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History

INTENT

At Southwold, our intent is to provide a stimulating and comprehensive history curriculum that promotes a deep understanding and appreciation of the past. We aim to inspire our children with a love for history, developing their knowledge and skills to become informed and critical thinkers. Our intention is to instil a sense of cultural heritage, fostering British values and promoting the importance of historical events and figures in shaping our society.

At Southwold, we aim to inspire pupils to be curious and creative thinkers who develop a complex knowledge of local and national history and the history of the wider world. We want pupils to develop the confidence to think critically, ask questions, and be able to explain and analyse historical evidence.

Our intention is to build an awareness of significant events and individuals in global, British and local history and recognise how things have changed over time. History will support children to appreciate the complexity of people’s lives, the diversity of societies and the relationships between different groups. Studying history allows children to appreciate the many reasons why people may behave in the way they do, supporting children to develop empathy for others while providing an opportunity to learn from mankind’s past mistakes. Southwold’s history scheme aims to support pupils in building their understanding of chronology in each year group, making connections over periods of time and developing a chronologically-secure knowledge of history.

We aim to develop pupils’ understanding of how historians study the past and construct accounts, as well as the skills to carry out their own historical enquiries. In order to prepare pupils for their future learning in history, our scheme aims to introduce key substantive concepts including power, invasion, settlement and migration, empire, civilisation, religion, trade, achievements of humankind, society and culture. Southwold’s history scheme of work enables pupils to meet the end of Key stage attainment targets in the National curriculum.

Implementation

To ensure that our teachers are confident in the teaching of History we have chosen to use the Kapow History scheme to support our curriculum. The school has chosen to use Kapow because of the spiral approach to learning and the quality resources which are written by specialist History teachers and educators. The spiral curriculum model ensures previous skills and knowledge are returned to and built upon. For example, children progress by developing their knowledge and understanding of substantive and disciplinary concepts by experiencing them in a range of historical contexts and periods.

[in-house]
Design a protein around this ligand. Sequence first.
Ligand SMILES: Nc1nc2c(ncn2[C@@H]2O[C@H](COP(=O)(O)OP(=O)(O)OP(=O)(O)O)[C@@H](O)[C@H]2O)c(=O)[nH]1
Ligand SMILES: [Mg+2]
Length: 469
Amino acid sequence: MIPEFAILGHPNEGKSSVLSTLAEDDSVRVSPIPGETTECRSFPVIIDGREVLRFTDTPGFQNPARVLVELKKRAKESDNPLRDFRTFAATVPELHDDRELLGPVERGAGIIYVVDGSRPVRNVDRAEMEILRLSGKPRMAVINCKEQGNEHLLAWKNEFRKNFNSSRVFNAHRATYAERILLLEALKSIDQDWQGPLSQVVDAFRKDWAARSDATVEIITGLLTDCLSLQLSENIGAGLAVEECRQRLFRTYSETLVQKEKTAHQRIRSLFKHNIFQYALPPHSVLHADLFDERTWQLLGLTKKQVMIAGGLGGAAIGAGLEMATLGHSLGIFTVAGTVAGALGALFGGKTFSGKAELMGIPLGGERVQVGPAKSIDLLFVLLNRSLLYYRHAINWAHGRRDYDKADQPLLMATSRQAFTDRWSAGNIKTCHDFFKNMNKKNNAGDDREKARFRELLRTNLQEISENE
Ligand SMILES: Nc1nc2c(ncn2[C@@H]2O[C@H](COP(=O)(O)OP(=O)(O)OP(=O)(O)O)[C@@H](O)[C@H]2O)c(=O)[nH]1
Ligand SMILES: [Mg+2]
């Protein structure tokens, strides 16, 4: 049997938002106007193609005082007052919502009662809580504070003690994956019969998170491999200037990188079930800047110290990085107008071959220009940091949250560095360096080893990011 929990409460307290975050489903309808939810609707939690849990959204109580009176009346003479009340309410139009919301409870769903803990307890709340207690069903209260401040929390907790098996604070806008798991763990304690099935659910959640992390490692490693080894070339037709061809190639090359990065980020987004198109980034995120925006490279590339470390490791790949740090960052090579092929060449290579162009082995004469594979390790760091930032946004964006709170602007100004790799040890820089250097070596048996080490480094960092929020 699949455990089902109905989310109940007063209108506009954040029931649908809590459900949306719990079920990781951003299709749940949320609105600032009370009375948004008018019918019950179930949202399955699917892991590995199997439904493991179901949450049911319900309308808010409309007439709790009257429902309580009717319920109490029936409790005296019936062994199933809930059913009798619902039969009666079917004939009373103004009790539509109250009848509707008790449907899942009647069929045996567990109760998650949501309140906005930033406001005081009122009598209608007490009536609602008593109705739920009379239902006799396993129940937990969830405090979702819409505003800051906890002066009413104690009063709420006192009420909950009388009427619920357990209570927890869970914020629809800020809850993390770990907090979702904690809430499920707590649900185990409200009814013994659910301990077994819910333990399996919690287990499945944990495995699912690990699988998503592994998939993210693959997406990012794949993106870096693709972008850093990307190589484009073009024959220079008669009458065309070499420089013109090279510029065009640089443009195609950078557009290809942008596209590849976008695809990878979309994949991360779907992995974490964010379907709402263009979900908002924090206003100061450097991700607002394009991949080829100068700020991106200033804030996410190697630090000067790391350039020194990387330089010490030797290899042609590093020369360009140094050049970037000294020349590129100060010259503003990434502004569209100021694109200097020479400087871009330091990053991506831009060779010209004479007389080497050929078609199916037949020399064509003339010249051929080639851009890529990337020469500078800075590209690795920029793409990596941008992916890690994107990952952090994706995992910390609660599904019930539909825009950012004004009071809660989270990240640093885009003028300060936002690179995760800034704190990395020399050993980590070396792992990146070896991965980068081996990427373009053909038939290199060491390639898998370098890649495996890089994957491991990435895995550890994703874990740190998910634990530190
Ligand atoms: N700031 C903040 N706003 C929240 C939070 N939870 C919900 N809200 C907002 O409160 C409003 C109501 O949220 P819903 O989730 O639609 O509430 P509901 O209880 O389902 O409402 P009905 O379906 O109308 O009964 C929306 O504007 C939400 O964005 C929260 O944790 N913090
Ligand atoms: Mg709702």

Through the use of Kapow Primary, our Southwold scheme emphasises the importance of historical knowledge being shaped by disciplinary approaches, as shown in the diagram above. These strands are interwoven through all our history units to create engaging and enriching learning experiences which allow the children to investigate history as historians do.

Substantive Knowledge Strands:

    • Topic Knowledge
    • Chronological awareness
    • Substantive concepts

Disciplinary Strands:

    • Historical enquiry
    • Disciplinary concepts

In EYFS, through discussion of history and the children’s understanding of past and present forms a part of our everyday conversations and interactions. For example, by naming the days of the week, or talking about recent, past events, the children build their understanding of what the past and present are as well as their personal history and chronology of events. History is also taught and referred to by tapping into our Project books

History lessons will be taught over one half termly period in Years 1 – 6, following the Cycle A and B curriculum overview, using an enquiry based approach. Enquiry questions are posed for each unit of study and children look to investigate in-depth different lines of enquiry to find answers to their question. Across the year, our children will study a range of different History topics, focusing on both Substantive and Disciplinary knowledge pathways for history. Throughout key stage 1 and 2, three history topics are taught, alternating with Geography units of work. While children will focus on Substantive knowledge content through studying historical information about specific units of study in each year group, we are also committed to developing our pupils’ disciplinary knowledge at being historians.